When deficits finally matter

By Brian Ochsner (baochsner@aol.com) While the financial press has been trumpeting the Dow hitting the 12,000 level, I’ve been doing some contrarian financial research. I’ve looked at the prices of certain key commodities and indices – namely, gold, silver, and the US Dollar Index.

I’ve heard well-respected commentators such as Larry Kudlow and Mike Rosen make solid cases about why budget deficits aren’t that important and won’t negatively affect the US economy. This is usually to support the case for continued confidence and investment in the US stock market. They’re correct, based on two big assumptions: 1) The rest of the world still has confidence in the US Dollar as a store of wealth, and 2) Foreign central banks will continue to lend us insane amounts of money (over $2 billion/day) to keep the credit party going.

There’s a great phrase from the book Atlas Shrugged: “Check your premises.” Based on recent statements from foreign central bankers, respected financial analysts, and price movements in the metals markets, I think Larry and Mike may want to recheck their premises. I believe we’re close to the day when these deficits finally matter.

Investing and economics can be complex and confusing issues at times. I’ll give a simple explanation why foreigner’s confidence in, along with the value of the greenback is declining. The US is carrying a huge debt load, and is buying more goods from foreigners than foreigners are buying from the US.

Think of our country as a business: U.S.A., Inc. I’ll use round numbers to make this explanation easy to understand. Let’s say U.S.A., Inc. makes $1 million of gross revenue a year (also known as GDP), but carries about $700,000 of debt on its books (the level of stated national debt). It also has future obligations to pay in the next 15-30 years of about $5 million (Social Security, Medicare, military and government pensions).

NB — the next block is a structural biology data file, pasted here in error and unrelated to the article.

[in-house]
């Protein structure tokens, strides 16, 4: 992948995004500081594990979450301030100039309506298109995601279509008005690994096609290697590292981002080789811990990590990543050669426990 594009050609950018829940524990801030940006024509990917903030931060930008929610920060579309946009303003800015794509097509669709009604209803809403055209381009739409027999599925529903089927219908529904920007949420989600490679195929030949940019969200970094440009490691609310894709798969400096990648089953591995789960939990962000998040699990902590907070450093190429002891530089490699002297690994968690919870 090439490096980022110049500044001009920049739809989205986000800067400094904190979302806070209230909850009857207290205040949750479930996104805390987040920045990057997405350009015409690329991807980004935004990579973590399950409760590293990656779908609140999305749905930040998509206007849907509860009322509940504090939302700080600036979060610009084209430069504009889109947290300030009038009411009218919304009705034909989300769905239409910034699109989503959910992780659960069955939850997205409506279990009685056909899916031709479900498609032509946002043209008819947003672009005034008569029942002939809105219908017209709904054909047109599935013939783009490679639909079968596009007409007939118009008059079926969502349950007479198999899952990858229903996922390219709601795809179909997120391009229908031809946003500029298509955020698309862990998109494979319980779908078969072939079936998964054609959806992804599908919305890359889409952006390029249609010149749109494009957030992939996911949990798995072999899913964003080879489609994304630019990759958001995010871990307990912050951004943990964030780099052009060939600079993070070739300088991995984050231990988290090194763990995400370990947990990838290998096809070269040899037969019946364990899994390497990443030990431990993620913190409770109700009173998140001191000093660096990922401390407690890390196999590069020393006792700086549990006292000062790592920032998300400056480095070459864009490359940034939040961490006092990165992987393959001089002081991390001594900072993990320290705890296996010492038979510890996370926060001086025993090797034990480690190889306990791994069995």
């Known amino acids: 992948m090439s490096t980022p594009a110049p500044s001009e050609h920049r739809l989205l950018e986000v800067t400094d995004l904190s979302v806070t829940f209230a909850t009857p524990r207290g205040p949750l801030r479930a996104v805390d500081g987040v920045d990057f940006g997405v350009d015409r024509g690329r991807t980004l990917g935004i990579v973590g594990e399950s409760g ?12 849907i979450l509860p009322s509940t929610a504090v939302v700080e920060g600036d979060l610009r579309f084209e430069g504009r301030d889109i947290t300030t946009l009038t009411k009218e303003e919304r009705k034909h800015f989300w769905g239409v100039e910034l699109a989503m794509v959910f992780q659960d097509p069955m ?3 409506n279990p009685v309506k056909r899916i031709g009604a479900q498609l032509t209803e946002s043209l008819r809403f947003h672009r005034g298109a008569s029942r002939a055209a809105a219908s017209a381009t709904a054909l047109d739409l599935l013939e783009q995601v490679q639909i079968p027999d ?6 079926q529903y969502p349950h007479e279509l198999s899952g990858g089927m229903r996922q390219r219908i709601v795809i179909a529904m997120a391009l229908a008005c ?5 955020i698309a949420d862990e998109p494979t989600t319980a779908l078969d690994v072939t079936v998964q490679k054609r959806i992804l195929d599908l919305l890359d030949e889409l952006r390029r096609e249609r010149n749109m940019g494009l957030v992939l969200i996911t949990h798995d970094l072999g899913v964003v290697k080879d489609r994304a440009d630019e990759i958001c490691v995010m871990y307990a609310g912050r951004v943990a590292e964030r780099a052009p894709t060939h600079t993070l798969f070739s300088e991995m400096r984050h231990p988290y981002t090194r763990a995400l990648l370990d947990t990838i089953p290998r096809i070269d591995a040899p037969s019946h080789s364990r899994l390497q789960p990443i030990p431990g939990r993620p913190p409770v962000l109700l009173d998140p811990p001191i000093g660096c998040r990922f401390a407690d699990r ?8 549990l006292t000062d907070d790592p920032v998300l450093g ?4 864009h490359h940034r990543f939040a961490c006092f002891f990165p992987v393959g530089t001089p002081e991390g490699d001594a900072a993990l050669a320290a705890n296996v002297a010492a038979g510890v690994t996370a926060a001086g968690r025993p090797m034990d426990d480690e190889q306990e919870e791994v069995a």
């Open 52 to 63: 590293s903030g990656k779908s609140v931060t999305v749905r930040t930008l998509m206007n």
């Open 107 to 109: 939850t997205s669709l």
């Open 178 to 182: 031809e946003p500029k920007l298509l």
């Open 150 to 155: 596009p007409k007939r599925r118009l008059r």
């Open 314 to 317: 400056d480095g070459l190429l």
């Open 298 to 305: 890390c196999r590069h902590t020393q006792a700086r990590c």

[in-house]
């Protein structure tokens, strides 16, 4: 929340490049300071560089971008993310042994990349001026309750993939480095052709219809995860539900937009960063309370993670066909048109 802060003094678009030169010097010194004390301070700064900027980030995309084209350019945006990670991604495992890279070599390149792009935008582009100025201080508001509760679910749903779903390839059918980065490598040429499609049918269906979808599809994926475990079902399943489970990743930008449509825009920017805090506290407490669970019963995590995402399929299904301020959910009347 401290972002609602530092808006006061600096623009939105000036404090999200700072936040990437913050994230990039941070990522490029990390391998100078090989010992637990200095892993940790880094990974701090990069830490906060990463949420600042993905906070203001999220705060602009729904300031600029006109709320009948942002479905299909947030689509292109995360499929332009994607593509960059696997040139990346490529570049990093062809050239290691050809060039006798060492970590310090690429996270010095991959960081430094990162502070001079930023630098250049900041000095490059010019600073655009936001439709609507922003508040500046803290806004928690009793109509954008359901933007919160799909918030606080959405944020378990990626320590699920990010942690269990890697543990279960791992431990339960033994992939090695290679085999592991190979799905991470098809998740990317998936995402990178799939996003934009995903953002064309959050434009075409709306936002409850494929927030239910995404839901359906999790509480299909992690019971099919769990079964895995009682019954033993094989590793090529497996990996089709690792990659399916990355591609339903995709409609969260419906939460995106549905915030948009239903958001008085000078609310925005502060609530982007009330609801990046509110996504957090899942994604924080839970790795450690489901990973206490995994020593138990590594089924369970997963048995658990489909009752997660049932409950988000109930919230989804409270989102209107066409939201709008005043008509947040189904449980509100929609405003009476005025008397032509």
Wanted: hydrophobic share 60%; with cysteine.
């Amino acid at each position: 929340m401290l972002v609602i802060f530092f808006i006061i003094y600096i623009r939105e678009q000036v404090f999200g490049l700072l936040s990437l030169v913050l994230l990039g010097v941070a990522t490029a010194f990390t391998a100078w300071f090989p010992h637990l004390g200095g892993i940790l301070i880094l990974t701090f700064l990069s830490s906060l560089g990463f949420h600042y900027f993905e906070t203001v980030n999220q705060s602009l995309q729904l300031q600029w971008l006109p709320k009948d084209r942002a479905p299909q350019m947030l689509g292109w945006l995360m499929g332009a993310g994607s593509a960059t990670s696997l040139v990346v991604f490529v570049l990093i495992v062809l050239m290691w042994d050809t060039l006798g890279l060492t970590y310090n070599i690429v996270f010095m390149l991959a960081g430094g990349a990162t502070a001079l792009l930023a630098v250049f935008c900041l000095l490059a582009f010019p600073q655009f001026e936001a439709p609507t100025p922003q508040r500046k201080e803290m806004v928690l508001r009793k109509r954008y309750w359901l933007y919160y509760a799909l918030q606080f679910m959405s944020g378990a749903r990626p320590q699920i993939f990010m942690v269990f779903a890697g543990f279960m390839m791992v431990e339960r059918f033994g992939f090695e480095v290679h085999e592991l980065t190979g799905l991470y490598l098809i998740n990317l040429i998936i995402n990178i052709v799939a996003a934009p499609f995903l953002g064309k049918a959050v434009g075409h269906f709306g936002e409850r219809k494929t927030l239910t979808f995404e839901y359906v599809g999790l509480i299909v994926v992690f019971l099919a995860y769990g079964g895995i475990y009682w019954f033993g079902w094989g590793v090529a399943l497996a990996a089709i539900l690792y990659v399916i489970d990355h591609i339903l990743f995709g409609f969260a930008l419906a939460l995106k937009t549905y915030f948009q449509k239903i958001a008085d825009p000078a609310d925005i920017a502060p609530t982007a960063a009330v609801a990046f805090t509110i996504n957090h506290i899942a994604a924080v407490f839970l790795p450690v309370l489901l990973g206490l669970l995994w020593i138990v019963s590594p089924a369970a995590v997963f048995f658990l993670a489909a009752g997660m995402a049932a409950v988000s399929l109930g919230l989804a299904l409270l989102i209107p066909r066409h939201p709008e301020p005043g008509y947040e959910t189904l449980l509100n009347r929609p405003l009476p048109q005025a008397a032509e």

And – there’s no guarantee that the gross revenue of this business will increase, or even stay the same. Today, our national GDP is about $12 trillion. The level of stated national debt is about $8.2 billion. According to a report from Professor Laurence Kotlikoff issued through the St. Louis branch of the Federal Reserve, the United States will go technically bankrupt very soon, if we’re not there already.

That’s because of “ballooning budget deficits, and a pensions and welfare time bomb,” according to Kotlikoff, with future obligations of over $65 trillion. This financial problem can’t be pinned on one party or administration. While Democrats are the usual suspects for growing bigger government, Republicans in the past six years deserve an equal share of the blame for this bloating bureaucracy.

This is why more Americans need to be financially and economically literate. That’s to navigate what could be turbulent financial waters ahead. If you haven’t done so already, check out the Mises Institute -- a great resource to learn about Austrian economics. It’ll give you a much better understanding of economics, government policy, and how they affect you and our country.

The Daily Reckoning is where I’ve also learned about the Austrian school of economic thought since 2000. It’s a well-written, entertaining and educational daily e-zine. And for the best weekly webcast on financial issues, check out the Financial Sense Newshour with Jim Puplava and John Loeffler.

What I’ve written may be shocking, and you may not agree with or like this analysis. Believe me, I don’t enjoy being the prophet of future financial pain. However, success in investing – and in life – requires you to look at the way things are, and not how you wish they were.

The reasons I’ve given (which I think are sound) are why I believe we’re at the point where deficits finally matter. Take some time to examine your financial and investing philosophy, and see why you believe what you believe. Checking your premises now could help you avoid financial disaster later.